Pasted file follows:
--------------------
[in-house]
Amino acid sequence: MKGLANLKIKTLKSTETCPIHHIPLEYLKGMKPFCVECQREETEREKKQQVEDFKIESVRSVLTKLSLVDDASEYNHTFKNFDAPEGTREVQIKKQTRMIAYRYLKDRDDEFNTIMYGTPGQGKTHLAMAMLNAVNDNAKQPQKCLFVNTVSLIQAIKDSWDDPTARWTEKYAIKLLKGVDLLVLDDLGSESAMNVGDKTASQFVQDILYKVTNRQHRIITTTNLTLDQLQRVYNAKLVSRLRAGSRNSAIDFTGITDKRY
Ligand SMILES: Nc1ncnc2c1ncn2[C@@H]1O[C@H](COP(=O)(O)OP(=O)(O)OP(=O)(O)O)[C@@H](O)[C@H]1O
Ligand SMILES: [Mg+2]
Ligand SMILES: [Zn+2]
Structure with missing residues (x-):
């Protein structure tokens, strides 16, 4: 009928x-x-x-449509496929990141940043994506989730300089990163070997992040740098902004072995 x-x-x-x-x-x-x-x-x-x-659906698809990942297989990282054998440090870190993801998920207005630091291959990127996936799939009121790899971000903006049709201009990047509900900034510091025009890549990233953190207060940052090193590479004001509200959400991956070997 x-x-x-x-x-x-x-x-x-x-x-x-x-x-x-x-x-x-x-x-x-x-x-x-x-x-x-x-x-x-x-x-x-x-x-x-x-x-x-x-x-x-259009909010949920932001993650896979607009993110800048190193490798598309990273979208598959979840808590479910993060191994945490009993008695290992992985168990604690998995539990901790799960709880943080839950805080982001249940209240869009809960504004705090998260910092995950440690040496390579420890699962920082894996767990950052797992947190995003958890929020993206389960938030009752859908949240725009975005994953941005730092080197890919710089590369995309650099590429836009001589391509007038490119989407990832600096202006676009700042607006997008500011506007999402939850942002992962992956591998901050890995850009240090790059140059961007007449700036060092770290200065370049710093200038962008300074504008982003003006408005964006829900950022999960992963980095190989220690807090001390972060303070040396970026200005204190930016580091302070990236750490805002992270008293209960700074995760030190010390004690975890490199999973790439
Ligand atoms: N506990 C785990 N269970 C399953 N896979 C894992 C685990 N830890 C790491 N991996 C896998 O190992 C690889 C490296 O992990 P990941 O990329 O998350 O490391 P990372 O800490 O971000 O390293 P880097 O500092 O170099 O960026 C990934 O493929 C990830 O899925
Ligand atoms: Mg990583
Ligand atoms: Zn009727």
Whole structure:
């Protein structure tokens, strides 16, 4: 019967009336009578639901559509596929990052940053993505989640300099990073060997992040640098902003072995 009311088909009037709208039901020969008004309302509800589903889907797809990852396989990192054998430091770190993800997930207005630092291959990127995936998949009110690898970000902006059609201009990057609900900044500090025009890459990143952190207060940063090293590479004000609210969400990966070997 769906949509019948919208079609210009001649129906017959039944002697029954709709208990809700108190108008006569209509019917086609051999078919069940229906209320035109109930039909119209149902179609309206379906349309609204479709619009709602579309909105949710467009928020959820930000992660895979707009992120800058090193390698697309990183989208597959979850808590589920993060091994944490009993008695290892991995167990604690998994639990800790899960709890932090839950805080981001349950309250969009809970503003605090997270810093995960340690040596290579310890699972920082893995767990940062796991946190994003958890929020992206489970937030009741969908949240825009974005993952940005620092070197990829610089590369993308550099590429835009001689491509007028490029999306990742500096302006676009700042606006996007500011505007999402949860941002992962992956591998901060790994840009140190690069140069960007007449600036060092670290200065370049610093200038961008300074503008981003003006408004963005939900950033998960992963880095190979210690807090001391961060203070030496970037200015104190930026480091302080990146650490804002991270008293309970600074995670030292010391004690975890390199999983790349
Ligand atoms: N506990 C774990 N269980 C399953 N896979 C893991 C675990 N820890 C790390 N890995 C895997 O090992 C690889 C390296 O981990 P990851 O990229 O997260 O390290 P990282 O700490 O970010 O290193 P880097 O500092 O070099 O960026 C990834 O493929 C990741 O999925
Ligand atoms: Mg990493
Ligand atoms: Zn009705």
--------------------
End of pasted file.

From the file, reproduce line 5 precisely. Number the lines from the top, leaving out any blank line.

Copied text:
Ligand SMILES: [Zn+2]